A big one.
His description of the encounter is one that will produce cold-sweats in any genuine arachnophobe:
“As one way (of the tunnel) led towards the ant-hill, we started cutting into the earth along its course. After a few minutes, Emére announced that it led into a chamber in which he saw something moving. I climbed down into the trench to look.
It was an extremely stupid thing to do. No sooner was my head level with the entrance than I realized this, yet in the foolhardy way that grows with experience I did not withdraw. Instead, I peered down into the gloom; before I knew what was up, something brown, woolly, about the size of my two fists held together, scuttled into the opening. I just caught sight of something gleaming like a rosette of small, cold fires, then the animal sprang straight out at me.
As it did, I felt the most terrifying coldness come over me. In a flash I let out a scream of pure terror and fell sideways into the ditch.
Luckily I moved to the left, for the giant spider just brushed by my right ear so that I felt its loathsome coldness as it shot through the air to land beyond the ditch. Had I gone to the right, it would have probably landed on my face; even if its deadly half-inch fangs had not locked in my face and set if swelling like a purple puff-ball I should have died from sheer revulsion and fright. I do not say this in jest at all; I have a loathing for all spiders that amounts to madness and renders me more or less paralytic, just as some people feel about cats, worms, birds, or other forms of life.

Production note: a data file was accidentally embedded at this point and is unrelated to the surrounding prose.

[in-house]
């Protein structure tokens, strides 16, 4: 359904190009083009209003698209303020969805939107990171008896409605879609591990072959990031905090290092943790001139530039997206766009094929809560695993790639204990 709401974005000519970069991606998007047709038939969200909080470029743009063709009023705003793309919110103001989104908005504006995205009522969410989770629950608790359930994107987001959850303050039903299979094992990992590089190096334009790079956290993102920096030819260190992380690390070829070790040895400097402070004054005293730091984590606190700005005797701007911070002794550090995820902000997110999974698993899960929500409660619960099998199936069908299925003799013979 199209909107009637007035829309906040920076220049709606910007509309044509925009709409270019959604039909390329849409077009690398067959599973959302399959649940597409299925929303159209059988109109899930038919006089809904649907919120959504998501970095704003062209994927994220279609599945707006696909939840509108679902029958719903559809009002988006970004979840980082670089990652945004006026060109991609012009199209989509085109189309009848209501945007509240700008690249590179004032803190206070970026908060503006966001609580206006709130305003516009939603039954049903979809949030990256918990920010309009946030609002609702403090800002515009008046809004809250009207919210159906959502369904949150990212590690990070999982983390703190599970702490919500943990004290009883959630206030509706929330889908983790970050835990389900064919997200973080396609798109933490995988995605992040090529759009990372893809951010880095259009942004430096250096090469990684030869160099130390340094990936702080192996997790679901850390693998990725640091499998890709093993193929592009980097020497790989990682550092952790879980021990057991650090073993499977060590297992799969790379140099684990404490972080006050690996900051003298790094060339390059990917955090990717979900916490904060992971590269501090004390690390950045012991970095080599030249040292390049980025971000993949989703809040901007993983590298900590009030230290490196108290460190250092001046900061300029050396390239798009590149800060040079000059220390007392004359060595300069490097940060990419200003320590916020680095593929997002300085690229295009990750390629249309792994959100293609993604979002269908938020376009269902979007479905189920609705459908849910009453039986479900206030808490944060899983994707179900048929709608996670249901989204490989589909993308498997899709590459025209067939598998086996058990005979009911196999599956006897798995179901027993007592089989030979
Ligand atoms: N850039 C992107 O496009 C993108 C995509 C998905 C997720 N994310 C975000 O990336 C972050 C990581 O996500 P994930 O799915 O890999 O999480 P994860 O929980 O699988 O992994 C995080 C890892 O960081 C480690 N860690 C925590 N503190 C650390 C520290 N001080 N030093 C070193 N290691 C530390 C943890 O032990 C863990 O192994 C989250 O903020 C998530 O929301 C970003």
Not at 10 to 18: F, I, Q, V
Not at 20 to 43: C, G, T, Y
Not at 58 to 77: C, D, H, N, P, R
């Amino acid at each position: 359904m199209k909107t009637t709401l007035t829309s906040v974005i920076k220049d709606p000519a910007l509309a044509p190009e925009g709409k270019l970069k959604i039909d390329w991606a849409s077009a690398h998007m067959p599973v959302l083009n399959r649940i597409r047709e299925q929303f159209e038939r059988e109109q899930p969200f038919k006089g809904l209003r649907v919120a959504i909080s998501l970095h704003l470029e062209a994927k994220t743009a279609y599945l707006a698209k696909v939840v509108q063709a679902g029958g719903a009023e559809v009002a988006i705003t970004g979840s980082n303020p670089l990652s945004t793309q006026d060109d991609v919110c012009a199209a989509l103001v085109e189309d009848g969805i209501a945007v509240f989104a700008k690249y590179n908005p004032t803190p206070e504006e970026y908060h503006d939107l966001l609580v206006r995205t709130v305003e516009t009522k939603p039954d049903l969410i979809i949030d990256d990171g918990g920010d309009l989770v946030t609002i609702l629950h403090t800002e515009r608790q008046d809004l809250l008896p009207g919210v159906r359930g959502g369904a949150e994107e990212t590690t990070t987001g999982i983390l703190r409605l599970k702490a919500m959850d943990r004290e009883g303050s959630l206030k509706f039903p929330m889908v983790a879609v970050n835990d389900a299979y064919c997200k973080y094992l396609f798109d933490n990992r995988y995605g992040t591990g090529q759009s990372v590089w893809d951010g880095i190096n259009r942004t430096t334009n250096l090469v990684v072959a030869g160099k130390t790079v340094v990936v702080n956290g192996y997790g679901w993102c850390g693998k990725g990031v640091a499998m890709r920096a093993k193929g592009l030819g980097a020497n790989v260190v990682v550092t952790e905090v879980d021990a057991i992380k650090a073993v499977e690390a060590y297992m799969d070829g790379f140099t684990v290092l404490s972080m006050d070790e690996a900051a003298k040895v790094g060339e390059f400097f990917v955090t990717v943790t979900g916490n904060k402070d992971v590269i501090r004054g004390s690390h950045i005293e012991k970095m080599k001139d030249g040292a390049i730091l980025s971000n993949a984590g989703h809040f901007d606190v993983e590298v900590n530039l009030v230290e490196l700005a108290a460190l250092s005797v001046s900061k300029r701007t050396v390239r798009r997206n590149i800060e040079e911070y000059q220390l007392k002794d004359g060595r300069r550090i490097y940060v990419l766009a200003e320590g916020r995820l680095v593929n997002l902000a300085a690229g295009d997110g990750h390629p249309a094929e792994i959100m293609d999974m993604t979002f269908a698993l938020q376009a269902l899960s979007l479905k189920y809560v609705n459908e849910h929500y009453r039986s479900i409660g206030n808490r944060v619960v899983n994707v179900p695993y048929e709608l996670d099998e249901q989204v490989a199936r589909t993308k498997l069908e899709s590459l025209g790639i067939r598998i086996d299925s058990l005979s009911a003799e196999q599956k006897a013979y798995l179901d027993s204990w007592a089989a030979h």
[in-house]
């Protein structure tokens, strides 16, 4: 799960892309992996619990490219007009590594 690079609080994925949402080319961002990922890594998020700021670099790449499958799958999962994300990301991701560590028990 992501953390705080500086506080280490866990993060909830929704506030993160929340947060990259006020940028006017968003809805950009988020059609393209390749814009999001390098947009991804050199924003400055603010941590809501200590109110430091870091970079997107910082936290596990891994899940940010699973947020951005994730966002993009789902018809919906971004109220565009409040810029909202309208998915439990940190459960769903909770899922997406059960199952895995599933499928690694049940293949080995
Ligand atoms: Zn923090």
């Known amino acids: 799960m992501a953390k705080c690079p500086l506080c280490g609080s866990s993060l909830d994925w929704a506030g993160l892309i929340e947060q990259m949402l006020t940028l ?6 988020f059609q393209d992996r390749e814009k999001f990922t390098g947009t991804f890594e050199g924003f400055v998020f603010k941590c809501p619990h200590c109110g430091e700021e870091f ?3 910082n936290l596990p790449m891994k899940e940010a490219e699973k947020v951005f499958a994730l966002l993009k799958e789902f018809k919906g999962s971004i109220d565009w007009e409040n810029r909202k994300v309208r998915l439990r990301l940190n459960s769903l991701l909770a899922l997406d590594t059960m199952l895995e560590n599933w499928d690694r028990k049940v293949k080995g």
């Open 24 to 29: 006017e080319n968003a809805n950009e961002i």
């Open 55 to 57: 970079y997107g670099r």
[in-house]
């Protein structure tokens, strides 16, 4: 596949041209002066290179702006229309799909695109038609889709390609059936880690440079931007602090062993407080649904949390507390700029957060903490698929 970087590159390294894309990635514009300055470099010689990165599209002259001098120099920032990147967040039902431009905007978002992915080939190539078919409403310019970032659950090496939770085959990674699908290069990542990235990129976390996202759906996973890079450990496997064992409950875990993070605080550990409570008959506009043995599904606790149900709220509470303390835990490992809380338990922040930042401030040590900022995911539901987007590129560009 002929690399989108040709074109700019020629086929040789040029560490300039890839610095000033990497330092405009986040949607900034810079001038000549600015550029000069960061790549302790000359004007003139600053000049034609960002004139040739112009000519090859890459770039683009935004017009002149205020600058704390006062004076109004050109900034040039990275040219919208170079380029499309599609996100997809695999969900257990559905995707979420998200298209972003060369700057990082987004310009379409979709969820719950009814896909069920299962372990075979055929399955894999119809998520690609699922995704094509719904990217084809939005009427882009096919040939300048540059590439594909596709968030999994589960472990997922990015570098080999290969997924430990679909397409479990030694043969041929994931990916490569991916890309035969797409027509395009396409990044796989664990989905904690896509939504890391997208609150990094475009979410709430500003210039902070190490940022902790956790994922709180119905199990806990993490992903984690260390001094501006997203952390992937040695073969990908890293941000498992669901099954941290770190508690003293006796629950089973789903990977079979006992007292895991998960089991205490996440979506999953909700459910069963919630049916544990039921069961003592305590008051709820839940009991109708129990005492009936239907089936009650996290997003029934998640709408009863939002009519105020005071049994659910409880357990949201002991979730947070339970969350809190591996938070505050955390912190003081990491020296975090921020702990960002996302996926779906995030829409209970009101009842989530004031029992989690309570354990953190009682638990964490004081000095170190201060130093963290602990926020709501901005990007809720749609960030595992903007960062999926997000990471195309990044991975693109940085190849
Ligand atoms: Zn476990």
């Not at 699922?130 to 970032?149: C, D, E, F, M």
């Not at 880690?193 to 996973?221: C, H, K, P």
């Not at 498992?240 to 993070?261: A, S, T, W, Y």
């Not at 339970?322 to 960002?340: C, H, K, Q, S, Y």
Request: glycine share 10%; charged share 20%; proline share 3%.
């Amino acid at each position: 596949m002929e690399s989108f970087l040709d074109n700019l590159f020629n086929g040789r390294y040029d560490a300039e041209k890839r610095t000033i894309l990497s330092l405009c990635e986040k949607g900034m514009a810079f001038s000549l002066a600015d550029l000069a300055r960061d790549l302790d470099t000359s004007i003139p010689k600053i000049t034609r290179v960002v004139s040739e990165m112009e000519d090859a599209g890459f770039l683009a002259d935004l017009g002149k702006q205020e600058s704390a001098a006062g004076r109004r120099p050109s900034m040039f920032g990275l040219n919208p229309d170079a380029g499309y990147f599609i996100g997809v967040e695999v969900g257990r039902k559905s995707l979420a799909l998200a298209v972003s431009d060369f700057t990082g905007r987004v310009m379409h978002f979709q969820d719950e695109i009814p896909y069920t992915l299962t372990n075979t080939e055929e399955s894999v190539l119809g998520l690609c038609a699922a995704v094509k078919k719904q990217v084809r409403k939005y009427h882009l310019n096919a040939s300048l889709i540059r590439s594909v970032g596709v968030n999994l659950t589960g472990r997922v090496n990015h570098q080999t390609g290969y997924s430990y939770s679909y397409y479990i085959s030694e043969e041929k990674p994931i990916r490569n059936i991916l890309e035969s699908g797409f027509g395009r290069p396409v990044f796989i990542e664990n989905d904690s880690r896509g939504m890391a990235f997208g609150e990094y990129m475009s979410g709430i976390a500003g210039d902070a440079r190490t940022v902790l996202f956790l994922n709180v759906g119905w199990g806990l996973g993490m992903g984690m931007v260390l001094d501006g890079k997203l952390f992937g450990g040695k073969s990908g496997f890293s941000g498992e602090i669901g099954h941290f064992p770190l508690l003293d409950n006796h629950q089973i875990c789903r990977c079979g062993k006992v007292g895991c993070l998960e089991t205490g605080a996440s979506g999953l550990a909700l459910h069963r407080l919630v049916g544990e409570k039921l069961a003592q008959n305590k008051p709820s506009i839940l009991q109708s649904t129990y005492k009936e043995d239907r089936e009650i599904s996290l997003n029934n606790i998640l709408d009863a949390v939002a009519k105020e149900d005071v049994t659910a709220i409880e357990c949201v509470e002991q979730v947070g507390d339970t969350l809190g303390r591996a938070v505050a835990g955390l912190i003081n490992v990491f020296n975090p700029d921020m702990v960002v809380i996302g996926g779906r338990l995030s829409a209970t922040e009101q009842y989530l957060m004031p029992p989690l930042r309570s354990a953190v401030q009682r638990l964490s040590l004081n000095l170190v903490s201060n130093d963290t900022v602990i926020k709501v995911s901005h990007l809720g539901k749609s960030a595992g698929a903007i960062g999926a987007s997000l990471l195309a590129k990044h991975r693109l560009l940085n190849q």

I was, in any case, quite paralyzed. Had Emére not hauled me out of the ditch with more than commendable swiftness, I should have been an easy prey to the horror on its return journey. I later found that the giant hairy spiders are regarded in Emére’s country as the personification of the devil, who is a far more terrifying person in their mythology than in our own. Emére felt as I did about this animal!
While I was recovering at a respectable distance from the ditch, the spider was taking six-foot leaps, first this way then that, at anybody who approached it. Though the Africans treated it with respect, they tried to catch it with their bare hands despite their knowing it to be deadly poisonous. It eventually walked back to its hole in that precise and evil way that spiders have, its bloated body slung low among its battery of angular soft-pointed legs.
We drove stakes into the ground behind the holes and gradually dug away the earth while I held a bag net over the exit. When the animal saw the game was up, it rushed out into the net. We were amazed to see that it was covered in small replicas of itself about the size of a quarter. The babies clung to their mother in a dense mass while several more dashed out after her. This perhaps was the reason for her furious attack.
When this terrible creature had been drowned, I steeled myself for an examination of her. As soon as I had satisfied myself that she was dead beyond a shadow of a doubt, I spread her out in the enamel dish that we used for dissections and other work on dead specimens. The great legs, fully extended in all directions covered the bottom of the dish exactly, from front to back and from side to side. The dish measured twelve inches by eight inches.”
(“Animal Treasure”, pp 225-227, The Viking Press, 1937)